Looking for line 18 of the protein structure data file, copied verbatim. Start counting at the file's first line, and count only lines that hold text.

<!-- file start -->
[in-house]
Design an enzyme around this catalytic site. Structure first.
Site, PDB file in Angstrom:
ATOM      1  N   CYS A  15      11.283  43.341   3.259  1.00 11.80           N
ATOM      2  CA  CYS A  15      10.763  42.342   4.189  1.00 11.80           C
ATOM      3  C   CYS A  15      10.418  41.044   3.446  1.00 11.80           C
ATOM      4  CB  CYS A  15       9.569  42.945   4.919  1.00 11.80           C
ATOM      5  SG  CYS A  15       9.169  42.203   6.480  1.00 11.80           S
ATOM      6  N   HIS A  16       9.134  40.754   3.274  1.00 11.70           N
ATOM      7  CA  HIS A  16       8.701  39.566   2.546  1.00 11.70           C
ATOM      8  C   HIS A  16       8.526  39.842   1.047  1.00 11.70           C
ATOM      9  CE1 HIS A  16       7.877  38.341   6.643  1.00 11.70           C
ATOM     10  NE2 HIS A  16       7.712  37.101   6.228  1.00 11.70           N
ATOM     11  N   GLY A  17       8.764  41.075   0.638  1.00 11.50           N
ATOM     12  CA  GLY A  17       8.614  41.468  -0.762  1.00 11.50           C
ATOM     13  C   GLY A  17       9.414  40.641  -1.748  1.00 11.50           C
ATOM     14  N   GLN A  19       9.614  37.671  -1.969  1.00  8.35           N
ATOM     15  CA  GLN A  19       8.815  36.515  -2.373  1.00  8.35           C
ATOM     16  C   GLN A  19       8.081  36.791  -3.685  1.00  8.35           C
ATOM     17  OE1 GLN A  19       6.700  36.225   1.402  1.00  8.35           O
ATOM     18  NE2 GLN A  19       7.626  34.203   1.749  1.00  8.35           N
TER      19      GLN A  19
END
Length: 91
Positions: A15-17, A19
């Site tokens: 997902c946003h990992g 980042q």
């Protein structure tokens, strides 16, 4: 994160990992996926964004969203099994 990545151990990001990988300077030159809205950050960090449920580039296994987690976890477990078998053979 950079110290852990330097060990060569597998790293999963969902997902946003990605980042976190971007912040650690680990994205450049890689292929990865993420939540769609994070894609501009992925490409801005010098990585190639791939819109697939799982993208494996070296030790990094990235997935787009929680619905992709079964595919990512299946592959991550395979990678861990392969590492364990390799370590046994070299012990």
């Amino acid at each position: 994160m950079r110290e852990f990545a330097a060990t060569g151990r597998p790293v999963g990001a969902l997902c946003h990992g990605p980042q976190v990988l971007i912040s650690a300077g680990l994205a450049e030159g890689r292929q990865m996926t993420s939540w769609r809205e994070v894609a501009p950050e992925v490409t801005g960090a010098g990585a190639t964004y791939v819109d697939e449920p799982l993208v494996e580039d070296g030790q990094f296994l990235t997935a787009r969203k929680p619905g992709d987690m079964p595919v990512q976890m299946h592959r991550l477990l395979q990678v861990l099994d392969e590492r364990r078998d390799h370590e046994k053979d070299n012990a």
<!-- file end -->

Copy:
ATOM     15  CA  GLN A  19       8.815  36.515  -2.373  1.00  8.35           C